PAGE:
Brad Feld just gave me a shout out in his fine blog and I was touched because he has always been an inspiration to me. In the early days, there were a handful of folks who got me really excited about blogging to bring transparency to the voodoo that we do. There are too many people to acknowledge, but a few stand out: Josh Kopelman with his razor sharp insights was my first inspiration, David Hornik was saying some really thoughtful stuff with a really distinctive voice, Paul Kedrosky was using data in some really interesting ways, and Brad was bringing a real authenticity, in addition to intelligence, to his writing.
Indeed, authenticity became one of my critical evaluation factors during those heady days a decade ago. After all, entrepreneurs were changing and so were venture capitalists. Coming out of the Great Internet Bubble, founders and VCs were demanding a different level of accountability of each other. Groups like First Round were talking about venture capital as a product with the entrepreneur as customer and the phrase “founder friendly” became almost cliché because every VC firm had adopted this catchphrase as part of their values. Underlying it all, however, was a tacit acknowledgment that venture capital is a multi-period interaction; in Silicon Valley, “you’re never on your way up or down, you’re always coming around.” In a world like that, inauthenticity can be an albatross, imposing costs that can be significant.
As a result, in my first meetings with new folks I typically ask a lot of questions that might seem odd. People are itching to flip through their slide deck and I might ask them instead, ”tell me about your best self?” or, “what’s the biggest debate that simmers without end at your firm?” There’s no right answer; every question is a Rorschach designed to start a dialogue and give insight into the people across the table.
Most of the time folks are great sports and the discussion can really flow; this kind of chat can generate lots of insights (it is a mutually selective process, after all) and a welcome break from routine for both sides. Every now and again, though, things go awry and I’ve been hesitant for some time to write about my worst meeting ever, as I never want to break confidentiality. But I think there are timely lessons and insights about authenticity so I’ll keep it as vague as possible to obscure and protect the identity of those involved.
So, there I was, sitting with a group of hotshots. They seemed to have all the answers and came across as top-decile cocky, but the meeting seemed unremarkable otherwise . . . a bit stilted, perhaps but run-of-the-mill despite that. Naturally, I worried how their hauteur would play with entrepreneurs so I asked a question that calls for a bit of introspection and humility: “what’s the best piece of personal or professional feedback or criticism you’ve ever gotten from your partners and how have you put the lessons learned into practice?”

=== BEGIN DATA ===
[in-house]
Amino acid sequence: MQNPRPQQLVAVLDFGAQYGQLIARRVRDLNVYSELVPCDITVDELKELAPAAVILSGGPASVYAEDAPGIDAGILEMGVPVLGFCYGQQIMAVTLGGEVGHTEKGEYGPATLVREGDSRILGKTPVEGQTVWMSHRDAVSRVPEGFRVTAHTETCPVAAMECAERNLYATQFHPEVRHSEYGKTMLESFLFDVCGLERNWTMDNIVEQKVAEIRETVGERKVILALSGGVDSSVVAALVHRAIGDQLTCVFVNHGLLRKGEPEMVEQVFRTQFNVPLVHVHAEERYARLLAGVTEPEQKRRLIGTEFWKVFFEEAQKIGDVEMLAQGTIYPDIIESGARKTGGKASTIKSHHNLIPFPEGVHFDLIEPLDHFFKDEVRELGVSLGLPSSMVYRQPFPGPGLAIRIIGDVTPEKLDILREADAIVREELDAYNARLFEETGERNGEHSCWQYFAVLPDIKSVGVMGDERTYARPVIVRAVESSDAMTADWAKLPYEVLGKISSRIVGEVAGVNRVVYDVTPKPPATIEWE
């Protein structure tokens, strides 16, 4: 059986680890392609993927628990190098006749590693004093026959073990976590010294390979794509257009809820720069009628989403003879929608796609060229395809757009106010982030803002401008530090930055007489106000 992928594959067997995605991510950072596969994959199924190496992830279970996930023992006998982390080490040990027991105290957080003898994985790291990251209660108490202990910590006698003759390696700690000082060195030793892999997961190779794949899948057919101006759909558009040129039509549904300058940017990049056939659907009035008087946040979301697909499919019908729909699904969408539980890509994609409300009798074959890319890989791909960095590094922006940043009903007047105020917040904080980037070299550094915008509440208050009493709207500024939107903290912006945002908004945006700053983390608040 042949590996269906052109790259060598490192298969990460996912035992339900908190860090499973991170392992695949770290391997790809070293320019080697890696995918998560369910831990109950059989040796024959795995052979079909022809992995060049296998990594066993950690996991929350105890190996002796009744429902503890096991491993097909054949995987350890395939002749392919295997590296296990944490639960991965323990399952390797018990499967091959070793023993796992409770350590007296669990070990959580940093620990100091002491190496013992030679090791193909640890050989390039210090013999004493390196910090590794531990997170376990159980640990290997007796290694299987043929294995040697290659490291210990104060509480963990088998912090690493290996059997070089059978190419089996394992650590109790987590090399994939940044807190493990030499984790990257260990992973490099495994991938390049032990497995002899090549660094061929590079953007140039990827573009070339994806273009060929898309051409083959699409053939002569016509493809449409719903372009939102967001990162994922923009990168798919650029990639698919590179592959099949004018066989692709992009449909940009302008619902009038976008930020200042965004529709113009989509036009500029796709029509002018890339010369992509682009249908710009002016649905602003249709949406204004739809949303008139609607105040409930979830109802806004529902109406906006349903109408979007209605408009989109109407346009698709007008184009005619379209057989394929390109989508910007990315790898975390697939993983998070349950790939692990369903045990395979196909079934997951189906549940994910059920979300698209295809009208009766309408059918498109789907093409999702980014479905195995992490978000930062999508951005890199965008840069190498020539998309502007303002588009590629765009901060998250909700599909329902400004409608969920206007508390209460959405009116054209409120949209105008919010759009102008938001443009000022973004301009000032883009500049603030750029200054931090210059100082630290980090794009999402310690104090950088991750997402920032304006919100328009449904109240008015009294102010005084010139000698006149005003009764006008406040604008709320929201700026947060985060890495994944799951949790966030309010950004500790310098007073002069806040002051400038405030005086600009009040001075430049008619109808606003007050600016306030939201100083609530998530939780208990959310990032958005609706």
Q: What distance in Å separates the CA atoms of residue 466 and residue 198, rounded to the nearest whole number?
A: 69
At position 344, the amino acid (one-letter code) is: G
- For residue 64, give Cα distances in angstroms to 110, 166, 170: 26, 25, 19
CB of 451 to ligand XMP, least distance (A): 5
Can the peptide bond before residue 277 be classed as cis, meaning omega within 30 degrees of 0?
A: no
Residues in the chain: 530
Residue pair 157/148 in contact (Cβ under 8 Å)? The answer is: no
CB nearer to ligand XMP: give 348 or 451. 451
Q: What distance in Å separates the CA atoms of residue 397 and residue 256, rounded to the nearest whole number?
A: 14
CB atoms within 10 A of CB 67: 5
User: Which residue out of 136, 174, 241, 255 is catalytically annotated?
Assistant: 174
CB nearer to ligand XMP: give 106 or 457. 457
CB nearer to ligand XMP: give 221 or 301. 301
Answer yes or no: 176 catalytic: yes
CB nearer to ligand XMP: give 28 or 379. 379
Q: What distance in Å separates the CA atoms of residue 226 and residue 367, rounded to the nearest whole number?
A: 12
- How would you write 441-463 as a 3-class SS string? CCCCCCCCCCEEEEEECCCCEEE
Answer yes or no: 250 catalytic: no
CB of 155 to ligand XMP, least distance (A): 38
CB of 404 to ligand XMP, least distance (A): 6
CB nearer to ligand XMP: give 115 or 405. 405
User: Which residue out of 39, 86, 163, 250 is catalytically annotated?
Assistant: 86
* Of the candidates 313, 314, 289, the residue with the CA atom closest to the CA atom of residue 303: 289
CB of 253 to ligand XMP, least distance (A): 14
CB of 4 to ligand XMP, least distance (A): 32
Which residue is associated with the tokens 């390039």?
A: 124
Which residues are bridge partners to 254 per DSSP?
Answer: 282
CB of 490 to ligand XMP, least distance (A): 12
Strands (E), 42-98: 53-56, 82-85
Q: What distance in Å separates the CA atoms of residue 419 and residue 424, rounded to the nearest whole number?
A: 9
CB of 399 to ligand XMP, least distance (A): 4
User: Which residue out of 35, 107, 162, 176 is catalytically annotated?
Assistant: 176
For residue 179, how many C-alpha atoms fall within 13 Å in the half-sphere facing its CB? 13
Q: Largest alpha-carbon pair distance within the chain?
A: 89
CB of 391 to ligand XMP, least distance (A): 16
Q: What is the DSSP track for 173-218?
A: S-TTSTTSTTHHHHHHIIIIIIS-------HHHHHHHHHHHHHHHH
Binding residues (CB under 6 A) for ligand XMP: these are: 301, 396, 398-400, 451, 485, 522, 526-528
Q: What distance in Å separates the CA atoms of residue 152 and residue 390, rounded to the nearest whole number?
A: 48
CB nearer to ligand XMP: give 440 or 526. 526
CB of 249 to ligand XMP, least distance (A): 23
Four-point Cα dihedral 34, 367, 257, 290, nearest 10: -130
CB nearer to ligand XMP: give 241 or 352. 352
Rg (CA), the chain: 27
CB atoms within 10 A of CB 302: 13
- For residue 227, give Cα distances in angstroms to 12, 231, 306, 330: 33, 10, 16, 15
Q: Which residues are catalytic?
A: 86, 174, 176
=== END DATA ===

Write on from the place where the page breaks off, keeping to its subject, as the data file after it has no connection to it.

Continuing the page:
“I prefer not to answer,” snapped one of the partners.
“Really?” I replied.
He went on: “I believe what I say to my partners should stay between the partners.”
“Well, you’re asking me to be a partner, perhaps a limited partner, but a partner nonetheless.” I retorted.
“I believe in praising publicly and criticizing privately,” he shot back.
Starting to feel my Brooklyn rising, I said, “as far as I can tell, it’s just us in this room; that’s about as private as it gets, no?” And with my interest piqued I followed up by asking what they would do if an entrepreneur refused to answer their questions.
“We would never ask such impertinent questions,” he glared back. (and yes, I wrote that word down because I was so taken aback . . . also, my $5 brain likes $10 words.)
“I guess if you won’t answer, I’ll have to wrap this up,” I said, almost as a dare.
“Thanks for coming,” he tossed back. So I packed up my notebook and showed myself out.
I tell the story not to look like some interrogatory bad-ass or to call out these cats (and please don’t ask me who they are, as I’ll never tell!) Rather, it’s a reminder that investing is a people business and whether you’re investing in funds or start-ups, understanding the behavioral footprints of the individuals involved is critical. We are investing in long-dated way-out-of-the-money options. As I’ve said many times, investments in start-ups or the funds that back them can last longer than the average marriage. It’s also a good reminder that we’re almost exclusively dealing with Other Peoples’ Money. As such, we have a responsibility to make sure that were being rigorous. We shouldn’t be shy about asking tough questions and can’t be afraid to walk away if those questions don’t get answered. Sometimes it feels like capital is cheap and thrown around too liberally, but I try to never forget the words that Greylock’s legendary Henry McCance uttered to me years ago: “venture works best went time is cheap and capital expensive. When that relationship gets reversed, watch out!”